Treatment of Neurodegenerative Conditions with Cannabis
The endocannabinoid system is responsible for maintaining homeostasis and thus probably plays a key role in protecting the human body from toxins or stressors found in our environment or through personal lifestyle choices such as a poor diet. Research on the endocanabinoid system has shown that cannabinoids have neuroprotective and anti-inflammatory activity, which suggests that cannabis may be useful in the treatment of neurodegerative diseases such as multiple sclerosis, amyotropic lateral sclerosis, Alzheimers disease or Parkinson’s disease .
MS patient, Barbara Douglass, has actually improved her sight, mobility, and bladder control with her use of cannabis. ALS patient, Cathy Jordan, continues to survive against all odds with her deadly disease and she attributes it all to cannabis. For those patients suffering from neurodegenerative diseases, does cannabis boost the endogenous cannabinoid system (ECS) to help it slow or halt the progression of these diseases? Can the use of cannabis or specific cannabinoids help maintain the integrity of our ECS and actually prevent some neurodegenerative diseases from developing? Can cannabis or specific cannabinoids help prevent the damage that often occurs following traumatic injuries that result from the body’s initial response to injuries such as traumatic head injuries or spinal cord injuries through its neuroprotective or anti-inflammatory action? We may find the answers to these questions and more as scientists continue to study the ECS and cannabis preparations. Learn more about the science and view the various patient testimonials…
Faculty Presentations on Neuroprotective Properties of Cannabis and Cannabinoids
Movement Disorders and Cannabis, with Dr. Sanchez-Ramos, PhD, MD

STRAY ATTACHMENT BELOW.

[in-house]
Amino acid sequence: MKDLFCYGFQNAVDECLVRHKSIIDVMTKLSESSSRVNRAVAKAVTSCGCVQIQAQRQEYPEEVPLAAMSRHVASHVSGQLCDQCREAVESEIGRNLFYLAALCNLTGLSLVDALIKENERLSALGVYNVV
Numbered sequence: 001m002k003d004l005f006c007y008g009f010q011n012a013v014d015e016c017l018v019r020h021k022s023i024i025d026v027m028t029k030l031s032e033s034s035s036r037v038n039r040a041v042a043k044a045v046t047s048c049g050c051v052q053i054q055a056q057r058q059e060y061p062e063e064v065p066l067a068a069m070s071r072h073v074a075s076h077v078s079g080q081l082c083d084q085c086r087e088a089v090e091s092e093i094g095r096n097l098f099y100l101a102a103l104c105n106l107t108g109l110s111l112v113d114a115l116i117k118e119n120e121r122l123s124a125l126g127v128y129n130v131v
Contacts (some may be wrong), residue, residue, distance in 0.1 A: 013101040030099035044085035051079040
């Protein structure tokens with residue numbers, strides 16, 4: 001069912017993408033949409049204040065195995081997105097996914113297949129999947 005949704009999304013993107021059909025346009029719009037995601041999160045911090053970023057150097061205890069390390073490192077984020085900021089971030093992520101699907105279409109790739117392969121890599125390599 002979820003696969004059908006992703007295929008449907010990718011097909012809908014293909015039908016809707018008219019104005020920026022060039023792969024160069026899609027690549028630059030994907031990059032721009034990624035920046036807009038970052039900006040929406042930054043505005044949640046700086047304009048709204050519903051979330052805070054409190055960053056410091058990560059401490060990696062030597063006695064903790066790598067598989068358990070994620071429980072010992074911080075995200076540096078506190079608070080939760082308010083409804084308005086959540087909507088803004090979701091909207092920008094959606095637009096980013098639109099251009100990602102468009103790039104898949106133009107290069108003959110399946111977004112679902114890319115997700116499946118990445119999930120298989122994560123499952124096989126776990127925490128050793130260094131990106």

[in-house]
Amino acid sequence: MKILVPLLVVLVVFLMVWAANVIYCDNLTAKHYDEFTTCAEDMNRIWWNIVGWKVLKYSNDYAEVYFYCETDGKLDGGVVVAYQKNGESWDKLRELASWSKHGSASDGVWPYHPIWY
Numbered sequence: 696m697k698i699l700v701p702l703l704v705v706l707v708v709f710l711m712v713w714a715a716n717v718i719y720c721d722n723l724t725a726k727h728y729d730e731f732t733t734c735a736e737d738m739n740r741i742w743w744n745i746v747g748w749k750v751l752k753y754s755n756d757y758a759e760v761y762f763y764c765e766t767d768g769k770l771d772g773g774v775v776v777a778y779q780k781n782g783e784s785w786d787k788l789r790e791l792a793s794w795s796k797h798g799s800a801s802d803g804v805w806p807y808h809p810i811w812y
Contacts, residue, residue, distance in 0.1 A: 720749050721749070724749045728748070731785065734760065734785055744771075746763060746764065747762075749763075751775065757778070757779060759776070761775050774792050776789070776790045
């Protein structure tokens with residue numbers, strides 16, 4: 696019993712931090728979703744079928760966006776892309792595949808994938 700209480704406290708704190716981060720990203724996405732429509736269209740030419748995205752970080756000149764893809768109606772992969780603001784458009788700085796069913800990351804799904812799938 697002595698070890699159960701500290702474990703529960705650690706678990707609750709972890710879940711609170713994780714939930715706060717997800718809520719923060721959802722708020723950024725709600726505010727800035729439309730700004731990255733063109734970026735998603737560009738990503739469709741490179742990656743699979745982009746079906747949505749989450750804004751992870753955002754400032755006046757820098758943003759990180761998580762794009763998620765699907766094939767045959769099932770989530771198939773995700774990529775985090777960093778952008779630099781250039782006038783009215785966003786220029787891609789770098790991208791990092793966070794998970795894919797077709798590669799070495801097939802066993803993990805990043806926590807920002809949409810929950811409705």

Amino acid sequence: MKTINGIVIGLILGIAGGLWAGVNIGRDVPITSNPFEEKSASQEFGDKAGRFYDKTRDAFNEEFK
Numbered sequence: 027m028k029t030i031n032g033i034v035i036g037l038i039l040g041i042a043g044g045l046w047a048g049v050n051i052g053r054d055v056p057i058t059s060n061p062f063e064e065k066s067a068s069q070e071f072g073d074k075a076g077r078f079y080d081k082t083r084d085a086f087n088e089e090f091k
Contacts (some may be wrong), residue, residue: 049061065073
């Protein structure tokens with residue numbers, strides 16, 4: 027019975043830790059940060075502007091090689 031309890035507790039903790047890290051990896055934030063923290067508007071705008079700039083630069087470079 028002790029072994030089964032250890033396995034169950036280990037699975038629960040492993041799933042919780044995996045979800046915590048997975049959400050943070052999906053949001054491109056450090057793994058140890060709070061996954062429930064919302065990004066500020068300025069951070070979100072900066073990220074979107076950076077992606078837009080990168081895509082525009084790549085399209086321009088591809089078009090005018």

“The effects of Cannabinoids on movement are profound!”, states Juan Sanchez-Ramos, Professor of Neurology, Helen Ellis Endowed Chair. Director of Movement Disorders, University of South Florida. Addressing Parkinson’s and Huntington’s diseases, Dr. Ramos finds Cannabinoids have potential to slow onset and progression of neurodegenerative conditions. Presentation at May, 2004 Cannabis Therapeutics Conference in Charlottesville, VA.
At the same 2004 conference, Professor at Hebrew University in Jerusalem, Dr. Mechoulam gives a brief history of Medical Cannabis, then describes the role of Cannabinoids as anti-inflammatory for arthritis, as neuroprotectant for brain injury and as a possible treatment for PTSD. Dr. Mechoulam first isolated THC in 1964.
Centonze, D., Finazzi-Agro, A., Bernardi, G., & Maccarrone, M. (2007). The endocannabinoid system in targeting inflammatory neurodegenerative diseases. Trends in Pharmacological Science, 28(4) 180-187.
Eubanks, L. M., Rogers, C. J., Beuscher, A. E. t., Koob, G. F., Olson, A. J., Dickerson, T. J., et al. (2006). A molecular link between the active component of marijuana and Alzheimer’s disease pathology. Mol Pharm, 3(6), 773-777.
Ramirez, B. G., Blazquez, C., Gomez del Pulgar, T., Guzman, M., & de Ceballos, M. L. (2005). Prevention of Alzheimer’s disease pathology by cannabinoids: neuroprotection mediated by blockade of microglial activation. J Neurosci, 25(8), 1904-1913.
Hampson, A. J., Grimaldi, M., Axelrod, J., & Wink, D. (1998). Cannabidiol and (-)Delta9-tetrahydrocannabinol are neuroprotective antioxidants. Proc Natl Acad Sci U S A, 95(14), 8268-8273.
Venderova, K., Ruzicka, E., Vorisek, V., & Visnovsky, P. (2004). Survey on cannabis use in Parkinson’s disease: Subjective improvement of motor symptoms. Mov Disord, 19(9), 1102.Follow Us!